Animal Aid

Animal Welfare Abuses to blame for Bird Flu

Posted 19 October 2005
Battery Hen

With the threat of a global pandemic of avian - or bird - flu dominating the headlines, concern centres on its risk to human beings. Clearly this is of paramount importance, but it is about time we focused on the suffering of millions of avian victims who are being slaughtered in attempt to stop the spread. Coverage of the mass precautionary culling taking place throughout Asia and latterly, Turkey, Greece and Romania, never mentions the welfare of the birds, who are being killed in the most brutal ways. Nor the fact that it is the intensive systems in which they are kept that are to blame for this latest disease outbreak.

Wild, migratory birds are accused of being carriers of the disease, yet history tells us - as with bovine TB, foot and mouth, BSE, E. coli, salmonella, campylobacter and pig wasting disease etc - that factory farming is the root of the problem. Modern, intensive farming conditions are so unnatural and inhumane that diseases run rife in the crowded, windowless sheds. Farmed animals are treated as expendable units of production by an industry whose sole focus is maximum production for minimum expense. The animals' health is compromised to such a degree that a complete breakdown of resistance results. The terrible conditions, combined with farmed animals living in close proximity to humans - as in Asia - has caused this recent outbreak.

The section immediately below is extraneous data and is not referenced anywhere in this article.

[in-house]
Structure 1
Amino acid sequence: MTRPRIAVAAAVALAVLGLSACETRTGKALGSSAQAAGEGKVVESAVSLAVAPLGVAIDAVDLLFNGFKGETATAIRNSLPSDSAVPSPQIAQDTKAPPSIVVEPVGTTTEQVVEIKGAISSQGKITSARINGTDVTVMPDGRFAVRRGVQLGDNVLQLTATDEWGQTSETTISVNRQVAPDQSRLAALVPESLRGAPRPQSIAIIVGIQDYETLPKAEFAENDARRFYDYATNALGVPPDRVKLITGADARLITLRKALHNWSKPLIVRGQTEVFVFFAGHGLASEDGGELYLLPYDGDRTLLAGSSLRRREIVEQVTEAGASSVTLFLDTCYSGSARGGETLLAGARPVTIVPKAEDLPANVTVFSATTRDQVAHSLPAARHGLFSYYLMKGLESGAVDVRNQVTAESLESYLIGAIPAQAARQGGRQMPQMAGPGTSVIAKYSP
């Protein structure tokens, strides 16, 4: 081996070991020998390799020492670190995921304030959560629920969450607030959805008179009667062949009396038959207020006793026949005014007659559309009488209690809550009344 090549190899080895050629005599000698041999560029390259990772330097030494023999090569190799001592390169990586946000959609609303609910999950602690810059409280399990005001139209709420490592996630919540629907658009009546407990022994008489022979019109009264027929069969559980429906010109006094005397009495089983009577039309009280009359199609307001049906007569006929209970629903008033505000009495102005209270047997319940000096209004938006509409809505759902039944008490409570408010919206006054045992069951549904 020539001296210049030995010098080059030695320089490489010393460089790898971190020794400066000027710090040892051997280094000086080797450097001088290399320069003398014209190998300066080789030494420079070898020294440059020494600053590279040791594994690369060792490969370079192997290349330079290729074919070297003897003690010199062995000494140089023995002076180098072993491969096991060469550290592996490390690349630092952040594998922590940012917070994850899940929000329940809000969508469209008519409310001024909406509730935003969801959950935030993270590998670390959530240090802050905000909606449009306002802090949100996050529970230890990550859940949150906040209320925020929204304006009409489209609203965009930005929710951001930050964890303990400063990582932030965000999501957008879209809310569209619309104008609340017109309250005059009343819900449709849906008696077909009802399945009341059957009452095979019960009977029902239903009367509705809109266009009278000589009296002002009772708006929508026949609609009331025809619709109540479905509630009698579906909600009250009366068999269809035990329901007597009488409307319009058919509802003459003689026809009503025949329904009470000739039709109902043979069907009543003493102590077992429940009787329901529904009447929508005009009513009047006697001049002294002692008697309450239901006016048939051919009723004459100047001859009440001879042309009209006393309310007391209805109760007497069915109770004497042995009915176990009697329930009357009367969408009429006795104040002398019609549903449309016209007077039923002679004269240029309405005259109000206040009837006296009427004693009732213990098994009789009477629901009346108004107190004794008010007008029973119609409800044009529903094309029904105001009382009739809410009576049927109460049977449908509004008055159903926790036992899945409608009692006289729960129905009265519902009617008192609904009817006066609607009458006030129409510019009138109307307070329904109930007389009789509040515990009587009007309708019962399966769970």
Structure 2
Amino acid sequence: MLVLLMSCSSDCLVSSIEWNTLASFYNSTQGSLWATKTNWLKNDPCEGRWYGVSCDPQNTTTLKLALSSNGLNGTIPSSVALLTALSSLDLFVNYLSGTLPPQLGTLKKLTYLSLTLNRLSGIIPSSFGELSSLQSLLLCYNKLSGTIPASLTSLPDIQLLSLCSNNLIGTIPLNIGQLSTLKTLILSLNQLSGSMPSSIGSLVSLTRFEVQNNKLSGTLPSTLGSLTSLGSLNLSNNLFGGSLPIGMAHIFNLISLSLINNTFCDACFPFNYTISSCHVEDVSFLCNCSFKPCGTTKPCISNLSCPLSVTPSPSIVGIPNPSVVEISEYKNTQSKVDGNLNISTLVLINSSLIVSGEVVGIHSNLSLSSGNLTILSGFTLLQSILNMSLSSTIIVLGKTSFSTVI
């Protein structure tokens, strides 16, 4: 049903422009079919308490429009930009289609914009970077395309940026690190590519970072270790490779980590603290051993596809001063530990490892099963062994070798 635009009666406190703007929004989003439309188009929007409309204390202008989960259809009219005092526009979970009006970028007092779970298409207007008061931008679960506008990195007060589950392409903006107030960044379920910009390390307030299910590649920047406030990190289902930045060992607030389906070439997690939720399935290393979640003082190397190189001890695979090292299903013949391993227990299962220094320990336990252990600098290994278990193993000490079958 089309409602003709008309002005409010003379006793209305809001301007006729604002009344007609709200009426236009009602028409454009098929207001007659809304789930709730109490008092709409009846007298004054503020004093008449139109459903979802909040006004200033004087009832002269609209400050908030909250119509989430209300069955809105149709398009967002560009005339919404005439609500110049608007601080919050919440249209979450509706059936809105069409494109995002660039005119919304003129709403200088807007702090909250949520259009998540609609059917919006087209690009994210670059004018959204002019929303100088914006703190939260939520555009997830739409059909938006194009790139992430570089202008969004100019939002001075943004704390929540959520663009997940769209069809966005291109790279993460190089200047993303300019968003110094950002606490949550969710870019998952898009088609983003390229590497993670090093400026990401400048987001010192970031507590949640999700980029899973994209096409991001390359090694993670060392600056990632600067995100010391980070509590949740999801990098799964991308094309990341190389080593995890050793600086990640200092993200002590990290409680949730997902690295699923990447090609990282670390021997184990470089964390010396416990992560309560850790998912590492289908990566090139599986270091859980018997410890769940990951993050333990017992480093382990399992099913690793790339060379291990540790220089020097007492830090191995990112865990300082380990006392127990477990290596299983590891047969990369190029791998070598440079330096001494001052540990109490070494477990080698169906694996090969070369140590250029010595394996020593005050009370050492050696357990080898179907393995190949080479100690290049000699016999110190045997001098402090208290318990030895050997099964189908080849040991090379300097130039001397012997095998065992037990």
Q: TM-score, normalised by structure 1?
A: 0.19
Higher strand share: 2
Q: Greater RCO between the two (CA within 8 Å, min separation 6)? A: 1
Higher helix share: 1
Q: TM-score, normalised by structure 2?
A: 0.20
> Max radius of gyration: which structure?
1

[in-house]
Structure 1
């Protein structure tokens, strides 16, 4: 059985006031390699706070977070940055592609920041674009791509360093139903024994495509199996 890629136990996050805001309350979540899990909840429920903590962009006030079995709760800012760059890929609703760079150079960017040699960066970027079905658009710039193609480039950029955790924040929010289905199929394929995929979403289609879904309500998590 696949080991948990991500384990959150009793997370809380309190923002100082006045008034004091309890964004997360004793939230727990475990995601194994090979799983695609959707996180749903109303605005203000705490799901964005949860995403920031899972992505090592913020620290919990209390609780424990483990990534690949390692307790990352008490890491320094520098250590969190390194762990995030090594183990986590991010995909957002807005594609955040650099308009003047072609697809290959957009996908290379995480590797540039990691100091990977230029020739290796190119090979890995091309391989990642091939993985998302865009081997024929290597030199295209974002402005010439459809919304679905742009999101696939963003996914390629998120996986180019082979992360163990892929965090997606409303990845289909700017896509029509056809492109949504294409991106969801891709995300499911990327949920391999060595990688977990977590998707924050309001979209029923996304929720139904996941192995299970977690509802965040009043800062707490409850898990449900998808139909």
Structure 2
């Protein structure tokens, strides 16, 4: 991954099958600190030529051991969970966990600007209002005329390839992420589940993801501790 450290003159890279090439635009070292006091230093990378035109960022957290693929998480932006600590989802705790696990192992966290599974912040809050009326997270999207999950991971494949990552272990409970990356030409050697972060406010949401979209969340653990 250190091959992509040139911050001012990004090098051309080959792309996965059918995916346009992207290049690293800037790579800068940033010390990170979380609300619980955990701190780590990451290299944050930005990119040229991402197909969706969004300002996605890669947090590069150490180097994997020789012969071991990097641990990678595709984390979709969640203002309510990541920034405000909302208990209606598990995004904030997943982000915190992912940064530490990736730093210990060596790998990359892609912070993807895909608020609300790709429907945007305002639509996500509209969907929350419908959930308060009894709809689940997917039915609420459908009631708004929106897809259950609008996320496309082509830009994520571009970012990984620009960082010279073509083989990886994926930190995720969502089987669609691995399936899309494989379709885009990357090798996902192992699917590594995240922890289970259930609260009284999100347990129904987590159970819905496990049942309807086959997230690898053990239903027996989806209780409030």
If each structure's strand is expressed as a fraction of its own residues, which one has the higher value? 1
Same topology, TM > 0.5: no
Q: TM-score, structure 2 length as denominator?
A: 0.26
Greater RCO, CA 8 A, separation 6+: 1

If we continue to treat animals in this way and exploit them past their physiological limits to cope, then we will be forced to live with the consequences.

So far, more than 35 million birds have been slaughtered with a total disregard for their suffering. Country to country, chicks and adult birds are being stuffed en masse into garbage bins and sacks in which they are crushed and suffocate. Others are burned alive. And let's not pretend that such rampant cruelty only happens in other countries. During the 2001 foot and mouth epidemic, the mass slaughter of sheep, cattle and pigs was distressing, crude and heartless.

If people are concerned about the implications to human health, or are upset by the death scenes on TV, then they must take responsibility for their actions. Stop eating animals and be part of solution rather than the problem.

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